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Ex-doctor sentenced to prison in death of abortion patient

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By Brian R. Ballou
Globe Staff / September 15, 2010

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BARNSTABLE — She arrived at the Smith household almost 18 years ago, a small raven-haired girl with tattered and dirty clothing, a black eye, and all her possessions in a plastic grocery bag, except for the doll she held in her hand. Tom and Eileen Smith wrapped the neglected, abused, and abandoned girl with their love, only to lose her later to a botched medical procedure.

By all accounts, Laura Smith lived life to the fullest, according to her family and friends.

“She never seemed to suffer any ill effects because of her upbringing,’’ Tom Smith said yesterday afternoon in Barnstable District Court. Smith continued, turning from Judge Gary Nickerson to Rapin Osathanondh, sitting about 20 feet away.

“You, sir,’’ Smith started, but was interrupted by Nickerson, who advised him not to comment directly to the defendant. Smith turned again to Osathanondh and continued, “You, sir, destroyed a precious flower that blossomed in our lives, not accidentally but on purpose.’’

On Sept. 13, 2007, Laura Smith, 22, died during an abortion procedure performed by Osathanondh, a Harvard-affiliated obstetrician, at the Women’s Health Center in Hyannis.

Investigators discovered that the doctor’s office lacked basic resuscitation equipment, that he was not certified for cardiopulmonary resuscitation, and that he failed to monitor her vital signs.

Authorities also said he took great measure to conceal those facts, going as far as creating false CPR cards, remodeling his office, and buying the necessary equipment such as a defibrillator. When investigators arrived at his office, he told them that it was as it had been when Smith died.

Smith had been 13 weeks pregnant.

On the anniversary of Smith’s death, Osathanondh pleaded guilty Monday to involuntary manslaughter, following an agreement between Cape and Islands prosecutors and his lawyers.

Osathanondh was sentenced yesterday to 30 months in prison, but will serve only six months as the remainder of the sentence was suspended.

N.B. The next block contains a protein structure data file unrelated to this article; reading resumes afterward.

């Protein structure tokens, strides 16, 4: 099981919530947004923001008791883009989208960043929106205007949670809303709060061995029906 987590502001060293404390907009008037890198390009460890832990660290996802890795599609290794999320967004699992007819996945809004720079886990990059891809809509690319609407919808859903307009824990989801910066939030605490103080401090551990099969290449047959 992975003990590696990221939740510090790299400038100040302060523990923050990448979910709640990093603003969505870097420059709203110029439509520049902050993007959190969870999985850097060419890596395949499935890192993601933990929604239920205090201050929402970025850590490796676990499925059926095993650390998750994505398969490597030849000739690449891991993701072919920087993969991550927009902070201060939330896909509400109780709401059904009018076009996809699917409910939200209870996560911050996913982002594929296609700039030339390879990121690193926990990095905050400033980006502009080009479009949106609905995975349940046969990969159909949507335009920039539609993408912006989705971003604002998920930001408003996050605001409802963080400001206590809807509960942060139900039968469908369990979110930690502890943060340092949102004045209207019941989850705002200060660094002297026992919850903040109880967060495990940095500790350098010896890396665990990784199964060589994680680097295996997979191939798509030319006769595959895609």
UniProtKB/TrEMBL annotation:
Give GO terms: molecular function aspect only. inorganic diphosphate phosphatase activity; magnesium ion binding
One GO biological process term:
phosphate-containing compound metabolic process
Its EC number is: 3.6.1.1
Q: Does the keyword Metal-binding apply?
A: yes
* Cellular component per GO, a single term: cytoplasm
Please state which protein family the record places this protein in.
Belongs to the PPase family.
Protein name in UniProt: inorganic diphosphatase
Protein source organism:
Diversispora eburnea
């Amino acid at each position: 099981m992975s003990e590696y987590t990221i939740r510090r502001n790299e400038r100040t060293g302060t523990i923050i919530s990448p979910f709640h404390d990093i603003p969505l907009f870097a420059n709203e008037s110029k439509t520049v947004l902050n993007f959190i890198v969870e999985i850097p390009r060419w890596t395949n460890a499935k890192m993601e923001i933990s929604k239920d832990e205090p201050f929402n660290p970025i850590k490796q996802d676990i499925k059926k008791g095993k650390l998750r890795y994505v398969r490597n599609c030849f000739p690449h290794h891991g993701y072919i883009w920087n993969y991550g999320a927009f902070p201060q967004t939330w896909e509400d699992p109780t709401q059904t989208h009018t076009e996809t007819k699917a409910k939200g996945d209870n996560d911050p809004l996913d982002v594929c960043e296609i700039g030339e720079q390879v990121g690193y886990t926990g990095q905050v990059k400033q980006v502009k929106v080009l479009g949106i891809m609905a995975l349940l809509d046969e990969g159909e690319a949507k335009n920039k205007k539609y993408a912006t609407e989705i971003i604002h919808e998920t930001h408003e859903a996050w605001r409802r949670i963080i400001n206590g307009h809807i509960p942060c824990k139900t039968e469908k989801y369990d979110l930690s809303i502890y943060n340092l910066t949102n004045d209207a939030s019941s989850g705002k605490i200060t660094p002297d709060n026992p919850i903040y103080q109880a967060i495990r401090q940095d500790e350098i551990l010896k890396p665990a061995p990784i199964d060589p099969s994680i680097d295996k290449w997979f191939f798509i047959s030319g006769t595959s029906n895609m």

He was also sentenced to nine months’ home confinement to follow, and three years’ probation to start immediately.

He had faced up to 20 years in prison before the agreement. As a result of a separate civil trial, Osathanondh was ordered to pay the Cape Cod family $2 million.

Osathanondh stood as Nickerson rendered his sentence, and two court officers placed handcuffs on the 67-year-old former doctor. Osathanondh was escorted by two sheriff’s deputies outside and into a waiting cruiser.

Osathanondh resigned his medical license two years ago after the medical board accused him of misconduct, and he was barred from practicing medicine in Massachusetts.

He graduated from a medical school in Thailand, where he was born and grew up, and was licensed in Massachusetts in 1974.

He became a visiting scholar at the Harvard School of Public Health in 2002.

The board alleged that Osathanondh had placed Smith under sedation without any means to monitor her heart rate, blood pressure, or the oxygen level of her blood.

The board said the doctor had no qualified person assisting him while Smith was under anesthesia. The only other person in the room was an office worker who had no training in CPR or other life-saving procedures.

The board added Osathanondh “failed to timely initiate a call to 911, failed to maintain an adequate airway,’’ and “failed to adhere to basic cardiac life support protocol.’’

After the sentencing, Paul Cirel, Osathanondh’s lawyer, said “we ended up with a fair and just result . . . he really does feel a tremendous amount of remorse as a result of this.’’

Smith was born in Honduras and studied cosmetology at the Upper Cape Cod Regional Technical School.

Eileen Smith, holding a picture of her daughter yesterday, said, “I feel it’s been a fight for three years to get this man what he deserves.’’

Brian Ballou can be reached at bballou@globe.com.

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